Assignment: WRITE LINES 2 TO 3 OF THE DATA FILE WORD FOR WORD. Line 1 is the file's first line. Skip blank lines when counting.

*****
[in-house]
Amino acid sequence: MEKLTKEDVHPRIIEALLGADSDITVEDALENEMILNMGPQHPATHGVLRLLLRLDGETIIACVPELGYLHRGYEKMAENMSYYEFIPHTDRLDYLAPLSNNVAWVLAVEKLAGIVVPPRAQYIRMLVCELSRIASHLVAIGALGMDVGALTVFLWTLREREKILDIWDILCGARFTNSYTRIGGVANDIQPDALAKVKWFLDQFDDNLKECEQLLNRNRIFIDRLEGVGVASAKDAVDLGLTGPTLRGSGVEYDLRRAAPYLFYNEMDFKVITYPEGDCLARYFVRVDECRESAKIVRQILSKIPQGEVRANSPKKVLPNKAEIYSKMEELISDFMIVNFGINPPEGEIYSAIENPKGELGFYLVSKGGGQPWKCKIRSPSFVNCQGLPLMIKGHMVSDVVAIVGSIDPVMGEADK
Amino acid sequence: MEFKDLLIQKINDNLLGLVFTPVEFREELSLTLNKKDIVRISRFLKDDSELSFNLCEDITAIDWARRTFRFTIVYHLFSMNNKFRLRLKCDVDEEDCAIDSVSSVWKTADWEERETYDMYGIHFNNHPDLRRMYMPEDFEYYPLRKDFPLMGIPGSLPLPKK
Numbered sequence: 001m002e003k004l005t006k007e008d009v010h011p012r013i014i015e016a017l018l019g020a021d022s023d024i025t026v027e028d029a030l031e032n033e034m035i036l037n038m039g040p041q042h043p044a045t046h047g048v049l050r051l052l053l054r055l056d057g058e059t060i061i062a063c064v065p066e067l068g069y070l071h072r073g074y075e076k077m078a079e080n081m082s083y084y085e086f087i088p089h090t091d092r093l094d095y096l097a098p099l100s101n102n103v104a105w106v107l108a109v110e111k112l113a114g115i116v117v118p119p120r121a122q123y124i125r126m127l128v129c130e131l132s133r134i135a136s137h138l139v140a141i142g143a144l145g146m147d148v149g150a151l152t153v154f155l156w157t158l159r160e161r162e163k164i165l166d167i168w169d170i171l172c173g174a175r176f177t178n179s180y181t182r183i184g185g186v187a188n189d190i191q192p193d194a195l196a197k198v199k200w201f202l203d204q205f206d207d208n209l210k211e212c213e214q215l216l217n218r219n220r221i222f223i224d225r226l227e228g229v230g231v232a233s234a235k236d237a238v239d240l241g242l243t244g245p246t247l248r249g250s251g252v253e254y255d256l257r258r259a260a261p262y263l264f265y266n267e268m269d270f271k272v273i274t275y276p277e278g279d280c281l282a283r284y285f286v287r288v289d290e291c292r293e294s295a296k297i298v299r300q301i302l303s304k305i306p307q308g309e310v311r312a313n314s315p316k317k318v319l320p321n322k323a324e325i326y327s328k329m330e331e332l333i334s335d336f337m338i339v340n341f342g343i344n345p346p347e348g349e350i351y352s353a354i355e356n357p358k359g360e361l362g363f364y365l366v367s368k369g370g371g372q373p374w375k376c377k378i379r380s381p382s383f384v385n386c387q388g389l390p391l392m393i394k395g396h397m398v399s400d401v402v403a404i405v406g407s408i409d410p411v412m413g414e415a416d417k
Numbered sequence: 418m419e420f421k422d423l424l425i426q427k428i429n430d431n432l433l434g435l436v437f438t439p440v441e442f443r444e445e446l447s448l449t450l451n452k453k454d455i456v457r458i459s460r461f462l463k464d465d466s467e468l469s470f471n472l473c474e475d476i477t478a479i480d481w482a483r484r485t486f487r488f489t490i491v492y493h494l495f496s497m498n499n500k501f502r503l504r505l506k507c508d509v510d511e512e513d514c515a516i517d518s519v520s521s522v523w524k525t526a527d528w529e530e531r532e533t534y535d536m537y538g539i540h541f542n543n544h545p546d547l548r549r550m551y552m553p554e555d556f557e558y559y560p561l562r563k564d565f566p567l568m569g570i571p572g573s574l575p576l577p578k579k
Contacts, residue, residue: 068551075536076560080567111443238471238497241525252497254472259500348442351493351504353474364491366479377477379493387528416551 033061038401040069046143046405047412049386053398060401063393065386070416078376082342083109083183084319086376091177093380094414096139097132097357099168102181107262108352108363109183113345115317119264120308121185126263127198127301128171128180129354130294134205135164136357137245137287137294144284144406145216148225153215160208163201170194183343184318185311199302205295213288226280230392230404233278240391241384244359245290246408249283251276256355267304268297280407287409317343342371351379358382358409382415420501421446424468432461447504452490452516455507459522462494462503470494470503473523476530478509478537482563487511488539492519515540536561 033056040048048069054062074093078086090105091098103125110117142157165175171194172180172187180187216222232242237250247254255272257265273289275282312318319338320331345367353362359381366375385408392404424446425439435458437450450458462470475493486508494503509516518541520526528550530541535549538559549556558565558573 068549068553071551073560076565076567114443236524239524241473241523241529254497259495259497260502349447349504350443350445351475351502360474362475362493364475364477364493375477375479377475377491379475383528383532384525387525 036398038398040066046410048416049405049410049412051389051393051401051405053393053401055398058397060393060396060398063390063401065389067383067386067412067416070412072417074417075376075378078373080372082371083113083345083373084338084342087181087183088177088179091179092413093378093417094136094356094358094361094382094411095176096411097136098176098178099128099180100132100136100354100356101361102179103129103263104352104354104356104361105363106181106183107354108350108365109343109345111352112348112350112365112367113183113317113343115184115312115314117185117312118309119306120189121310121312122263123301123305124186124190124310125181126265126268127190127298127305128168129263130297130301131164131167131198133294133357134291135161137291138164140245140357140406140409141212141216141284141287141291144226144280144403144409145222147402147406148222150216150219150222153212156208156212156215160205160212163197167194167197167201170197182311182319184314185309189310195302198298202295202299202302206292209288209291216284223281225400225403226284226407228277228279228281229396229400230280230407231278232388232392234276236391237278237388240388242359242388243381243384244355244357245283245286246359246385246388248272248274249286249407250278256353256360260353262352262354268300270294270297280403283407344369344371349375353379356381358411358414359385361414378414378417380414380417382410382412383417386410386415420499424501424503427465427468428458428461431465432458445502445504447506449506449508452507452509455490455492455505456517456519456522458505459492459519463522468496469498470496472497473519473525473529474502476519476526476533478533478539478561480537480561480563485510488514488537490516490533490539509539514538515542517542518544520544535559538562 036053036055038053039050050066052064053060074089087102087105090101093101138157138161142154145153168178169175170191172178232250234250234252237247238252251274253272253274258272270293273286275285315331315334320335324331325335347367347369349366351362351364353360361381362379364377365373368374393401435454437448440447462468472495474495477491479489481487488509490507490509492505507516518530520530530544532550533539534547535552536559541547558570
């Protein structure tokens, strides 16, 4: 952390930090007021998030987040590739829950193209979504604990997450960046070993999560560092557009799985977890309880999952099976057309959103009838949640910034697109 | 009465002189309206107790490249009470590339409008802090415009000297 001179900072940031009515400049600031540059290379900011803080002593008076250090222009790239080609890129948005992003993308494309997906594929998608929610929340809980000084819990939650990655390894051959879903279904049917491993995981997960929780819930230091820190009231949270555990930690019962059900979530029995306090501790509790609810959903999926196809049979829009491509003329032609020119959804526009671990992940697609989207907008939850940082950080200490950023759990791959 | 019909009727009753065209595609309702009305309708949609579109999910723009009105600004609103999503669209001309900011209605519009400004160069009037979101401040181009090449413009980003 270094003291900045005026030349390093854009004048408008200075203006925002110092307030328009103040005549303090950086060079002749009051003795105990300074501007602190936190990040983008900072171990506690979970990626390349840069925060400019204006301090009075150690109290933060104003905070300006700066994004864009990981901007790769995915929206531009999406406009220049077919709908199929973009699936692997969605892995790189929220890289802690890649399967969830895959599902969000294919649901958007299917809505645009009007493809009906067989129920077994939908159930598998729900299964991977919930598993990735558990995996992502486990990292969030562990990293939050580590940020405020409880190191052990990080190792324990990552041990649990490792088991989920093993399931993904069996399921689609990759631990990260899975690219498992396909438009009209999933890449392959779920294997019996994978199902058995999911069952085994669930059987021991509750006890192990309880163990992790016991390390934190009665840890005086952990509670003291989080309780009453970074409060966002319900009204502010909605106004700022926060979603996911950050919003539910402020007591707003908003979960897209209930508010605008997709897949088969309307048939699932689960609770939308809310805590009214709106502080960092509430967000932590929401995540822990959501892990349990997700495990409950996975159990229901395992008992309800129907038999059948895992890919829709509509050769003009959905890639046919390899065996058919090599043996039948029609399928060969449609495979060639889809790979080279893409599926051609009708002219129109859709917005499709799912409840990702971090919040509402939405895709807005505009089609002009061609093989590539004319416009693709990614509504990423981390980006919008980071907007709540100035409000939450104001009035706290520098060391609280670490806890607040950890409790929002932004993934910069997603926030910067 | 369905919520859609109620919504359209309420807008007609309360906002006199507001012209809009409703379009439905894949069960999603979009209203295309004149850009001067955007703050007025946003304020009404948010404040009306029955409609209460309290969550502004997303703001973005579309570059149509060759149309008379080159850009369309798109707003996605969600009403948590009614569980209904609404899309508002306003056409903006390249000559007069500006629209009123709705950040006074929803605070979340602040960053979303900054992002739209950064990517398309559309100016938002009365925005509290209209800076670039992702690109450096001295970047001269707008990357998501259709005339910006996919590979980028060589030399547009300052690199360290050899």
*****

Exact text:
Amino acid sequence: MEKLTKEDVHPRIIEALLGADSDITVEDALENEMILNMGPQHPATHGVLRLLLRLDGETIIACVPELGYLHRGYEKMAENMSYYEFIPHTDRLDYLAPLSNNVAWVLAVEKLAGIVVPPRAQYIRMLVCELSRIASHLVAIGALGMDVGALTVFLWTLREREKILDIWDILCGARFTNSYTRIGGVANDIQPDALAKVKWFLDQFDDNLKECEQLLNRNRIFIDRLEGVGVASAKDAVDLGLTGPTLRGSGVEYDLRRAAPYLFYNEMDFKVITYPEGDCLARYFVRVDECRESAKIVRQILSKIPQGEVRANSPKKVLPNKAEIYSKMEELISDFMIVNFGINPPEGEIYSAIENPKGELGFYLVSKGGGQPWKCKIRSPSFVNCQGLPLMIKGHMVSDVVAIVGSIDPVMGEADK
Amino acid sequence: MEFKDLLIQKINDNLLGLVFTPVEFREELSLTLNKKDIVRISRFLKDDSELSFNLCEDITAIDWARRTFRFTIVYHLFSMNNKFRLRLKCDVDEEDCAIDSVSSVWKTADWEERETYDMYGIHFNNHPDLRRMYMPEDFEYYPLRKDFPLMGIPGSLPLPKK